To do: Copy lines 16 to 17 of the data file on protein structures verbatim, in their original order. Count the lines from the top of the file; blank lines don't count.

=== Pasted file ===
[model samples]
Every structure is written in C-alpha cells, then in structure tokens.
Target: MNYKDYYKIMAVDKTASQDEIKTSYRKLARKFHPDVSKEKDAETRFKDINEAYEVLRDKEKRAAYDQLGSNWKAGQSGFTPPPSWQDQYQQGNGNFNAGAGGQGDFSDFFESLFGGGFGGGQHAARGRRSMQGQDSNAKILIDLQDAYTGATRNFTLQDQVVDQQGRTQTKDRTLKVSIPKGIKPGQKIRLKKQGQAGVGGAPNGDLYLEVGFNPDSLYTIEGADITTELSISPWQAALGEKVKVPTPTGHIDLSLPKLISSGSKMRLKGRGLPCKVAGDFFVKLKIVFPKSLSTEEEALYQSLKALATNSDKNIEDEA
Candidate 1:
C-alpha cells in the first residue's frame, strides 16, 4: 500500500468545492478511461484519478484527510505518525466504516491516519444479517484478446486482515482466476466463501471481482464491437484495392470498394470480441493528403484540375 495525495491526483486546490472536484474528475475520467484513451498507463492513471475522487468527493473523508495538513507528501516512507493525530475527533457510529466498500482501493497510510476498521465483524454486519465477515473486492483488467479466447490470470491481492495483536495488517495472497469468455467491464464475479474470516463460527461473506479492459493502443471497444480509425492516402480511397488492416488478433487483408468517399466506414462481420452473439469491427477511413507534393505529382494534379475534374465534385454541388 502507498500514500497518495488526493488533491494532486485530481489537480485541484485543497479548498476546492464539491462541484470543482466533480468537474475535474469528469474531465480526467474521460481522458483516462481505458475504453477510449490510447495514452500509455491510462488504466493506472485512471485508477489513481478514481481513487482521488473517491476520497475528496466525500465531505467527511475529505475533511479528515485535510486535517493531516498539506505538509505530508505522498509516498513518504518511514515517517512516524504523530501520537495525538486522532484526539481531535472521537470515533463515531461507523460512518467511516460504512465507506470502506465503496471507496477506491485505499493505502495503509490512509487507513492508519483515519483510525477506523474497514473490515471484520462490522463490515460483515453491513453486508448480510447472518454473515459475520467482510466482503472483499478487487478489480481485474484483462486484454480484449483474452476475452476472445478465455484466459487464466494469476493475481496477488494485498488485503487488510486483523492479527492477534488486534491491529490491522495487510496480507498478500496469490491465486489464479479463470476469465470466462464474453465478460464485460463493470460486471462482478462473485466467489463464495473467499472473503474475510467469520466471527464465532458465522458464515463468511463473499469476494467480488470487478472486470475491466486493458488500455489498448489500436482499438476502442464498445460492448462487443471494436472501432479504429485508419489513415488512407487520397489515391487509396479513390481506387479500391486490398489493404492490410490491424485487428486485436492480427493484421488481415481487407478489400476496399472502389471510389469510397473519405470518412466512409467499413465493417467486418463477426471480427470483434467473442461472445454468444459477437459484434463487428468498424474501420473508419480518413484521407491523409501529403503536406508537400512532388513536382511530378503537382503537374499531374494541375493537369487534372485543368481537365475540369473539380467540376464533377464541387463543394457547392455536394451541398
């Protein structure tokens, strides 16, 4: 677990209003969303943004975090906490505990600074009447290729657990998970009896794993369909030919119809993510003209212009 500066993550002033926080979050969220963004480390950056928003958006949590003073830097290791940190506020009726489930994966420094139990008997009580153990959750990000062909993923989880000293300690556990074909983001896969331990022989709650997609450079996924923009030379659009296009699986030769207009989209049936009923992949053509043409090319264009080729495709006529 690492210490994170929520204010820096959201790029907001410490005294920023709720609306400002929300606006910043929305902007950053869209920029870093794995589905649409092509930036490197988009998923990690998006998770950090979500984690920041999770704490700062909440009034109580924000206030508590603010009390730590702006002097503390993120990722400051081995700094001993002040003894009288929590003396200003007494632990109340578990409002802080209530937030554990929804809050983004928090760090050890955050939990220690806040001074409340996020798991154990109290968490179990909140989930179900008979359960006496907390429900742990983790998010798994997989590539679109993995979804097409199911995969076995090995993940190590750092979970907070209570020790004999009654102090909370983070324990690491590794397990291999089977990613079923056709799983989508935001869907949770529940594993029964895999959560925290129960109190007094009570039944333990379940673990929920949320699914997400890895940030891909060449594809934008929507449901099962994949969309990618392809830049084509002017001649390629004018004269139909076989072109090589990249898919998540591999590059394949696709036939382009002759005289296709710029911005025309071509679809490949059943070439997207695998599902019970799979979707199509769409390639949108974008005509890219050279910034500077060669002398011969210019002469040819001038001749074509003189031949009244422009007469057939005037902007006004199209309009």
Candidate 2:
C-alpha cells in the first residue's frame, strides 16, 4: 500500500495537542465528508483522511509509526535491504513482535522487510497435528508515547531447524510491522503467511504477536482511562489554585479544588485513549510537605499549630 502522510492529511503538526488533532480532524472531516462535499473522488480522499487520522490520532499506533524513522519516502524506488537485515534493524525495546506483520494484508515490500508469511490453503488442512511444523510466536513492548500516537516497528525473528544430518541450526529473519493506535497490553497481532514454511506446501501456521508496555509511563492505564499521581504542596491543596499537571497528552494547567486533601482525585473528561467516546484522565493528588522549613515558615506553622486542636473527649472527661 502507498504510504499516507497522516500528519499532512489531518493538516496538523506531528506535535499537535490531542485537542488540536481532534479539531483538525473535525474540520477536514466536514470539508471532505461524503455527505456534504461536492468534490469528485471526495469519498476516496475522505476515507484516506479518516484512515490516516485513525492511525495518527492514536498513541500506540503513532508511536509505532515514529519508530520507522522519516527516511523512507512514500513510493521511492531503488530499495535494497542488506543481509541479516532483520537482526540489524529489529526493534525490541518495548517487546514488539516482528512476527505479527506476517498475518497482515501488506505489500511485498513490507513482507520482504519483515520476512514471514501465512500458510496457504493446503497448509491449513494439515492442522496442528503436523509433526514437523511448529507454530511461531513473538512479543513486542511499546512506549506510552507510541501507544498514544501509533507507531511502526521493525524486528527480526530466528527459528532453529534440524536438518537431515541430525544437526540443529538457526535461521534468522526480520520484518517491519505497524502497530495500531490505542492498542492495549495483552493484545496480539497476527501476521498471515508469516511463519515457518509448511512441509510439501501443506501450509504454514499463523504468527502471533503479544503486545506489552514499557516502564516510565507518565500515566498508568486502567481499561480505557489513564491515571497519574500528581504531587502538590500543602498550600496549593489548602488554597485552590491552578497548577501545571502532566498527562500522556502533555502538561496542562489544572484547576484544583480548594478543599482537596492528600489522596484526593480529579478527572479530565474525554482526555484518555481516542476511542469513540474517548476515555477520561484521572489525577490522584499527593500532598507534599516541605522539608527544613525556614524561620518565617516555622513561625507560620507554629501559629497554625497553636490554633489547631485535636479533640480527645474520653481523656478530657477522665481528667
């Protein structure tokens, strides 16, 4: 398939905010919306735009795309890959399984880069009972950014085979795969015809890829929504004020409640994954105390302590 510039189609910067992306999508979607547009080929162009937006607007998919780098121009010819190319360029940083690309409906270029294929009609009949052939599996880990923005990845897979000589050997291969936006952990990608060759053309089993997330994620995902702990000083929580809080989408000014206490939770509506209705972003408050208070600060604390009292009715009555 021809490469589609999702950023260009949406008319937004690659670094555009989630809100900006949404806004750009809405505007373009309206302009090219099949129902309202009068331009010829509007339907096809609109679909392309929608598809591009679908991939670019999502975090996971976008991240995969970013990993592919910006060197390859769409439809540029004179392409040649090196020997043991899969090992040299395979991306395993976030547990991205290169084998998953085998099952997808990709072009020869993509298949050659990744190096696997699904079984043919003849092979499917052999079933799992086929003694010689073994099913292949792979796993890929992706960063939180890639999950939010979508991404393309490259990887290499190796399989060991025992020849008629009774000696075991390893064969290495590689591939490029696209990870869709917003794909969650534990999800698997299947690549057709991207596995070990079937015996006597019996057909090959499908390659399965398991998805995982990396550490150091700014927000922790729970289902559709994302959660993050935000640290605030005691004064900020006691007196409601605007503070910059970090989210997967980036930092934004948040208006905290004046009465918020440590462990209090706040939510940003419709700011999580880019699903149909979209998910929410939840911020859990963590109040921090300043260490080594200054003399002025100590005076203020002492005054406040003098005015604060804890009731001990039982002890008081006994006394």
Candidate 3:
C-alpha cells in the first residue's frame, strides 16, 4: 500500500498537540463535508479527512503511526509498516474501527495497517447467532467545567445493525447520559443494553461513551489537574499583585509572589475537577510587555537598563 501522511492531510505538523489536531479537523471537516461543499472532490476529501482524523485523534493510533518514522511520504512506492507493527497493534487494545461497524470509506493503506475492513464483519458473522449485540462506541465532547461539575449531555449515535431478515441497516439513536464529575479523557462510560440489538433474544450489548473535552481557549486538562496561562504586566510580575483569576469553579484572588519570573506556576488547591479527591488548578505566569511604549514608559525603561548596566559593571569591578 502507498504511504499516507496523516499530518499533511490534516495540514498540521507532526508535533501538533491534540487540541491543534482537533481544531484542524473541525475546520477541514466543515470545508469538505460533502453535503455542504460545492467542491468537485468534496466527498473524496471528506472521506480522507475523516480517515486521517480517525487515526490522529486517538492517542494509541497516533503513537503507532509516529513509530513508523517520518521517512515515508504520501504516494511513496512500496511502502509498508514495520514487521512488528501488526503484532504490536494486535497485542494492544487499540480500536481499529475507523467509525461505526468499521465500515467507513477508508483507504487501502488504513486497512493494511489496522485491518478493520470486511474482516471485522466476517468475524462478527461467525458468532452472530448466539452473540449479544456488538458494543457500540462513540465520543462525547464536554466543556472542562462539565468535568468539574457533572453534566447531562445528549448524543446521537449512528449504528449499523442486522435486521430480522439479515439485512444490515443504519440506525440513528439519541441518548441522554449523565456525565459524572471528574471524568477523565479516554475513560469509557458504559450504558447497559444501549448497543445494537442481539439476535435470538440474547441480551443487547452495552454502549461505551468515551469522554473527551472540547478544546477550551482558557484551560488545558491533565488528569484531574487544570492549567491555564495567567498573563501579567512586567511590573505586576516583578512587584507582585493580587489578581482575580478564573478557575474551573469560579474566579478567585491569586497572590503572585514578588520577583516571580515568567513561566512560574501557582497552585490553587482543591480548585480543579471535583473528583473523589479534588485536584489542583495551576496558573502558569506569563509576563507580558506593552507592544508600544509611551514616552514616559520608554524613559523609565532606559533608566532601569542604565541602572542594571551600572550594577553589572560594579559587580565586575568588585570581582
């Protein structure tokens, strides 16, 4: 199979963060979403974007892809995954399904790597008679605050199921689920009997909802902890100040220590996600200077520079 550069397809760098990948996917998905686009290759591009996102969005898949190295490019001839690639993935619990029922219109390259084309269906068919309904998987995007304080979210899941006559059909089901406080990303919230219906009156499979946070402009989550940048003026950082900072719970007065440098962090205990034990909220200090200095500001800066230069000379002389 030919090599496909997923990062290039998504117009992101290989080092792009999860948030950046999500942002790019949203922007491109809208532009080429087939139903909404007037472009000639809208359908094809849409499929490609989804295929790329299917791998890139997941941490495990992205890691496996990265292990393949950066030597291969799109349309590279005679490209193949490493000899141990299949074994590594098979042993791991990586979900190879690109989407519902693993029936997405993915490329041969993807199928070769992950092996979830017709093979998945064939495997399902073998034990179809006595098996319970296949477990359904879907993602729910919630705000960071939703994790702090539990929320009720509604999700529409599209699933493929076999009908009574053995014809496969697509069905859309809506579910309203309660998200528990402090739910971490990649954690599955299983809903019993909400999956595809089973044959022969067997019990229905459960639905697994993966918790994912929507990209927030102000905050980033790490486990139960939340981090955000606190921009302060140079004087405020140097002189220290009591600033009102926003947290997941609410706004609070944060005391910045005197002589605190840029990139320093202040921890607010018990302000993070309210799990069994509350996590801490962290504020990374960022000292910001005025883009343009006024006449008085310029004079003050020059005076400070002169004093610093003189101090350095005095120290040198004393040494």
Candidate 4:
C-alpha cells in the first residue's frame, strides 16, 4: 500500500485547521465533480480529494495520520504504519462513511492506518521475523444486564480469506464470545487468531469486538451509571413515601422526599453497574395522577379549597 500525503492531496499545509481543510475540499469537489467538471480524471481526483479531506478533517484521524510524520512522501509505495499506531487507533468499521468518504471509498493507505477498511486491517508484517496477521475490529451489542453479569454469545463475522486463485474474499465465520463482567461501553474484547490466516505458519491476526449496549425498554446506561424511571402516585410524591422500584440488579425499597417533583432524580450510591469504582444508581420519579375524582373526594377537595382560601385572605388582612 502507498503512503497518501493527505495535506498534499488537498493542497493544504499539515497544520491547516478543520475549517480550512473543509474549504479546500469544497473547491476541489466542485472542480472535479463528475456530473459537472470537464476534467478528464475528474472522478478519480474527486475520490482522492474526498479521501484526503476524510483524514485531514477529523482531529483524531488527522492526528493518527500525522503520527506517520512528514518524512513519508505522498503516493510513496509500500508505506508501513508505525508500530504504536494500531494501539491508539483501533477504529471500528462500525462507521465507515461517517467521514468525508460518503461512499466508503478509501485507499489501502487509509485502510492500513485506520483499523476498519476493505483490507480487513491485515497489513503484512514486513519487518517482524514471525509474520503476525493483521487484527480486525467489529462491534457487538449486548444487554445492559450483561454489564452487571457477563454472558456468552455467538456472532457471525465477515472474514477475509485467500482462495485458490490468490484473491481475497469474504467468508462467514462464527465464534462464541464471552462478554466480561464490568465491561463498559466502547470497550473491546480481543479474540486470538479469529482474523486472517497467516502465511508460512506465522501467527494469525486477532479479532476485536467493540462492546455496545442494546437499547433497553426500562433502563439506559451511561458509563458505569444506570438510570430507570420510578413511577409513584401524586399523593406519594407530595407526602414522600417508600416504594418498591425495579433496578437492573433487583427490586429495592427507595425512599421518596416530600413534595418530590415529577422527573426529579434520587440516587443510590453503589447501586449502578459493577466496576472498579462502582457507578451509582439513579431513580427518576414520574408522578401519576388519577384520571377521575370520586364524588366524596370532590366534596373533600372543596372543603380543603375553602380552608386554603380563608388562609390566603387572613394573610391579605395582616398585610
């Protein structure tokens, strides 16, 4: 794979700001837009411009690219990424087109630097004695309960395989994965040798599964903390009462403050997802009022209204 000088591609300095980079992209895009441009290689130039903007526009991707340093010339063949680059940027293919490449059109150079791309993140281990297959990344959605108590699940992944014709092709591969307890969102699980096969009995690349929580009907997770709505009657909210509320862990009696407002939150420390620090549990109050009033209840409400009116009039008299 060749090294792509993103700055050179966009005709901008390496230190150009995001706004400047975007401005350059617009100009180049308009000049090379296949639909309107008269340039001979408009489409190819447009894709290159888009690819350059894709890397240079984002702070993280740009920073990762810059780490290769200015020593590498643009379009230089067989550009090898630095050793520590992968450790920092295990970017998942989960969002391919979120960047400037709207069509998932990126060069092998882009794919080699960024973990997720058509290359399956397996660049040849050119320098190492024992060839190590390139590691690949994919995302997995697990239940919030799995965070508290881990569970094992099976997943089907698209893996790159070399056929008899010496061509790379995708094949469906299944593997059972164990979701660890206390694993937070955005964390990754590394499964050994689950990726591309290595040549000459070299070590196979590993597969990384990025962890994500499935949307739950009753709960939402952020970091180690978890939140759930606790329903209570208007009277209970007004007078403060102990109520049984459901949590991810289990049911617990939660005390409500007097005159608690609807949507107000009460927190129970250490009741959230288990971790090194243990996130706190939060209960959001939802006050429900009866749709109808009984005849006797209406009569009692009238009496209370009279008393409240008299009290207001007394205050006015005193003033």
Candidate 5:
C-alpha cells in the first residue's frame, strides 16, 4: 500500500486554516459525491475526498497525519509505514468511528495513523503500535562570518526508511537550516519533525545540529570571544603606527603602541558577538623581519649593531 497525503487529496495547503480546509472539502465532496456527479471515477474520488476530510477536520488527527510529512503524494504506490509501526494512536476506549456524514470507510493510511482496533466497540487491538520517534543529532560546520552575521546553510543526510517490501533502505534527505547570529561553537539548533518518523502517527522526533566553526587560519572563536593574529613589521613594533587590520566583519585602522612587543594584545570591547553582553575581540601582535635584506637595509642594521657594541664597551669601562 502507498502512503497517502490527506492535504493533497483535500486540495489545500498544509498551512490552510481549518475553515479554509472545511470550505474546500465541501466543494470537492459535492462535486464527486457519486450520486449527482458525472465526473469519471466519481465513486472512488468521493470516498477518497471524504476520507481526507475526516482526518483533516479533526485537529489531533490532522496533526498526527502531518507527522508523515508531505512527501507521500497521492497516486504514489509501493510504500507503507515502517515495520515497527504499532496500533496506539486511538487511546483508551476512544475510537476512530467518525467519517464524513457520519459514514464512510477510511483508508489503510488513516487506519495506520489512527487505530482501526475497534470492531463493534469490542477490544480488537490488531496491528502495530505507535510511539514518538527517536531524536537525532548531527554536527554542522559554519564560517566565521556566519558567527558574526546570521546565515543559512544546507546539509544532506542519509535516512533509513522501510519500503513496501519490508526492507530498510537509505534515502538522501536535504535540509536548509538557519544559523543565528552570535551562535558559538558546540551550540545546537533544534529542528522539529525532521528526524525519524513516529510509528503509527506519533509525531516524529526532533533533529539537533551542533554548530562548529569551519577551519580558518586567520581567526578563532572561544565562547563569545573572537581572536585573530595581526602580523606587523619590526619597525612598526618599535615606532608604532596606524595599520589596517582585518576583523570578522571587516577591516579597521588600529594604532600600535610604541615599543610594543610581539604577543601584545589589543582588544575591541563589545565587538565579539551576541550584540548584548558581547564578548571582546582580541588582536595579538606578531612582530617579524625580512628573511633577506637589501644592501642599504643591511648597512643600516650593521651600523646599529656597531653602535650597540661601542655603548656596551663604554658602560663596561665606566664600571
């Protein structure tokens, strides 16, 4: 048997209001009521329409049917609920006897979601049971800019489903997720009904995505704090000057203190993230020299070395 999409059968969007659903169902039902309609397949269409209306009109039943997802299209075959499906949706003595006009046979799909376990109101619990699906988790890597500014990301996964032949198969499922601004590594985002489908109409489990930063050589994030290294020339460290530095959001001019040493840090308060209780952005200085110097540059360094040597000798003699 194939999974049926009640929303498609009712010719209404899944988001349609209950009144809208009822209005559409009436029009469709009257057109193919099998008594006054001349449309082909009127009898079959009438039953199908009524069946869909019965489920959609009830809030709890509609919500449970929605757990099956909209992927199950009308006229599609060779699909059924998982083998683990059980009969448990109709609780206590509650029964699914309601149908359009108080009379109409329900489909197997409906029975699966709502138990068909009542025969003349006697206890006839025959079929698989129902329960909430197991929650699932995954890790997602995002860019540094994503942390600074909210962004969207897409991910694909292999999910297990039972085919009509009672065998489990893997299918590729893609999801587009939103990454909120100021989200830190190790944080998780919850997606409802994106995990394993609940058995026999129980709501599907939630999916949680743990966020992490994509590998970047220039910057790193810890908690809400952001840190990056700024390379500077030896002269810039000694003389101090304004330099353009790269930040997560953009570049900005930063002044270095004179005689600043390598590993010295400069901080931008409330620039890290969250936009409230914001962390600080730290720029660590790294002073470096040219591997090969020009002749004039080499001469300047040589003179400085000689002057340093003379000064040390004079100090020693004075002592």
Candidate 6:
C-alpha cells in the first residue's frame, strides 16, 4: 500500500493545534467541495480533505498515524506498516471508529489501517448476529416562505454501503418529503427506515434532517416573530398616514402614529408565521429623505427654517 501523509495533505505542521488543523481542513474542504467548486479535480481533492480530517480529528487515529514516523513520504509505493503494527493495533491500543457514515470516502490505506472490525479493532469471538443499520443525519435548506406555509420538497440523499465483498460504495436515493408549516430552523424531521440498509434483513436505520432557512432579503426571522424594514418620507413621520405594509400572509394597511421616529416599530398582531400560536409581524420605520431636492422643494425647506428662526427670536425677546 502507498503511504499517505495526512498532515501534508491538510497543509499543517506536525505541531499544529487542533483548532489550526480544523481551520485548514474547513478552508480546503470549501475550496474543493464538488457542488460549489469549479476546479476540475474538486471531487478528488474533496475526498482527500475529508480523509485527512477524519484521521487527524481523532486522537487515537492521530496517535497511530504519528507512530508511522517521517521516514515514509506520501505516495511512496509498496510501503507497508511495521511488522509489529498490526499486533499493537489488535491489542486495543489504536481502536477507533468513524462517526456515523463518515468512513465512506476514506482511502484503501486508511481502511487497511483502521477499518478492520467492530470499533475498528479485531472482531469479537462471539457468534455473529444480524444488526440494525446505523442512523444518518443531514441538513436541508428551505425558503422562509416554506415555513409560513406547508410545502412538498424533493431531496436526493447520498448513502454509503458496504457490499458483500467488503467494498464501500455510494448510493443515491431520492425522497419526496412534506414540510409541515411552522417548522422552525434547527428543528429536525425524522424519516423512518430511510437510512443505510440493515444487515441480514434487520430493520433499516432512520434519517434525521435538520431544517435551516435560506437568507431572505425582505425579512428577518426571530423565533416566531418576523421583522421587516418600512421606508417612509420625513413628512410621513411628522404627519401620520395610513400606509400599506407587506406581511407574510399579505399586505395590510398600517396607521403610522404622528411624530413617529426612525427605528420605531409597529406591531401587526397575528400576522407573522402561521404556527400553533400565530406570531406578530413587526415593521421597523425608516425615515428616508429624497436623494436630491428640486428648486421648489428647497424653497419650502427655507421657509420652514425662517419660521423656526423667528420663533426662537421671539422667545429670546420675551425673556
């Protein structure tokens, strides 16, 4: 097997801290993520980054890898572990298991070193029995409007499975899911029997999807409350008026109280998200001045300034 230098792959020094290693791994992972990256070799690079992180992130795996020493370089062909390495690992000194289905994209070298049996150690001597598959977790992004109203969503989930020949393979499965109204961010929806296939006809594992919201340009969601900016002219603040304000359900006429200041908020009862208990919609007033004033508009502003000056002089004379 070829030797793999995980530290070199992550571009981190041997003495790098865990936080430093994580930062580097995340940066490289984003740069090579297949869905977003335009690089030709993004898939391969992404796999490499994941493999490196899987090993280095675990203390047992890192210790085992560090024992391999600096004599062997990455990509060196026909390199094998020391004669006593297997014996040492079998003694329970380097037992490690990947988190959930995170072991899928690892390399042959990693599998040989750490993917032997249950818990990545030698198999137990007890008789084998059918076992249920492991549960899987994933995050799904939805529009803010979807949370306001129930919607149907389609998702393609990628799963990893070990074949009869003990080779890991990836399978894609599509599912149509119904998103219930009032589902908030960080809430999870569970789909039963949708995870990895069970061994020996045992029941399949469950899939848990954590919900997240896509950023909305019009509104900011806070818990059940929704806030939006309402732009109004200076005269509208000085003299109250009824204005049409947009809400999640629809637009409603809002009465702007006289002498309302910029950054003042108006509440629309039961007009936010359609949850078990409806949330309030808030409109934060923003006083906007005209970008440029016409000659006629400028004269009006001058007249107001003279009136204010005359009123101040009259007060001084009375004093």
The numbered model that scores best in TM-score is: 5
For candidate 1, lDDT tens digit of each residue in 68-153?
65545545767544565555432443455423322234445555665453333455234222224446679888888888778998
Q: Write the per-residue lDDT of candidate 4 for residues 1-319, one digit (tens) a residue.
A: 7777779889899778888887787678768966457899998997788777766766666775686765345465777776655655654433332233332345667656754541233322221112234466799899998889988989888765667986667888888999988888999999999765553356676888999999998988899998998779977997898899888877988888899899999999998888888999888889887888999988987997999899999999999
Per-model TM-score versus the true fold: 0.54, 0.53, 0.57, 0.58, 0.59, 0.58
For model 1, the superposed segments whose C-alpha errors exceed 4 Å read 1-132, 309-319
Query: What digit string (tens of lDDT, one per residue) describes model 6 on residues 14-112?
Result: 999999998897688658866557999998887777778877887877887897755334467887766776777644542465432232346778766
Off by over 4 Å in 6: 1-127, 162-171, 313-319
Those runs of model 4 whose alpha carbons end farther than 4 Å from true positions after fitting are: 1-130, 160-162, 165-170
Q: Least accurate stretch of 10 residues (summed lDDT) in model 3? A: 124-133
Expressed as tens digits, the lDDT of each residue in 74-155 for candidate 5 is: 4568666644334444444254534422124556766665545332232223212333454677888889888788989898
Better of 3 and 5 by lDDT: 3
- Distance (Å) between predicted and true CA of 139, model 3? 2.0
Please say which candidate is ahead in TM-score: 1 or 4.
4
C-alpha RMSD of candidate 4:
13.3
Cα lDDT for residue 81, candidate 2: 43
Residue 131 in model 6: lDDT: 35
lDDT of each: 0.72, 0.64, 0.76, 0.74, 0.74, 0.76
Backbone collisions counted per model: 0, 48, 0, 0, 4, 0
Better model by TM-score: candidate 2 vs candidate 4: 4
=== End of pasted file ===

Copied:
Candidate 5:
C-alpha cells in the first residue's frame, strides 16, 4: 500500500486554516459525491475526498497525519509505514468511528495513523503500535562570518526508511537550516519533525545540529570571544603606527603602541558577538623581519649593531 497525503487529496495547503480546509472539502465532496456527479471515477474520488476530510477536520488527527510529512503524494504506490509501526494512536476506549456524514470507510493510511482496533466497540487491538520517534543529532560546520552575521546553510543526510517490501533502505534527505547570529561553537539548533518518523502517527522526533566553526587560519572563536593574529613589521613594533587590520566583519585602522612587543594584545570591547553582553575581540601582535635584506637595509642594521657594541664597551669601562 502507498502512503497517502490527506492535504493533497483535500486540495489545500498544509498551512490552510481549518475553515479554509472545511470550505474546500465541501466543494470537492459535492462535486464527486457519486450520486449527482458525472465526473469519471466519481465513486472512488468521493470516498477518497471524504476520507481526507475526516482526518483533516479533526485537529489531533490532522496533526498526527502531518507527522508523515508531505512527501507521500497521492497516486504514489509501493510504500507503507515502517515495520515497527504499532496500533496506539486511538487511546483508551476512544475510537476512530467518525467519517464524513457520519459514514464512510477510511483508508489503510488513516487506519495506520489512527487505530482501526475497534470492531463493534469490542477490544480488537490488531496491528502495530505507535510511539514518538527517536531524536537525532548531527554536527554542522559554519564560517566565521556566519558567527558574526546570521546565515543559512544546507546539509544532506542519509535516512533509513522501510519500503513496501519490508526492507530498510537509505534515502538522501536535504535540509536548509538557519544559523543565528552570535551562535558559538558546540551550540545546537533544534529542528522539529525532521528526524525519524513516529510509528503509527506519533509525531516524529526532533533533529539537533551542533554548530562548529569551519577551519580558518586567520581567526578563532572561544565562547563569545573572537581572536585573530595581526602580523606587523619590526619597525612598526618599535615606532608604532596606524595599520589596517582585518576583523570578522571587516577591516579597521588600529594604532600600535610604541615599543610594543610581539604577543601584545589589543582588544575591541563589545565587538565579539551576541550584540548584548558581547564578548571582546582580541588582536595579538606578531612582530617579524625580512628573511633577506637589501644592501642599504643591511648597512643600516650593521651600523646599529656597531653602535650597540661601542655603548656596551663604554658602560663596561665606566664600571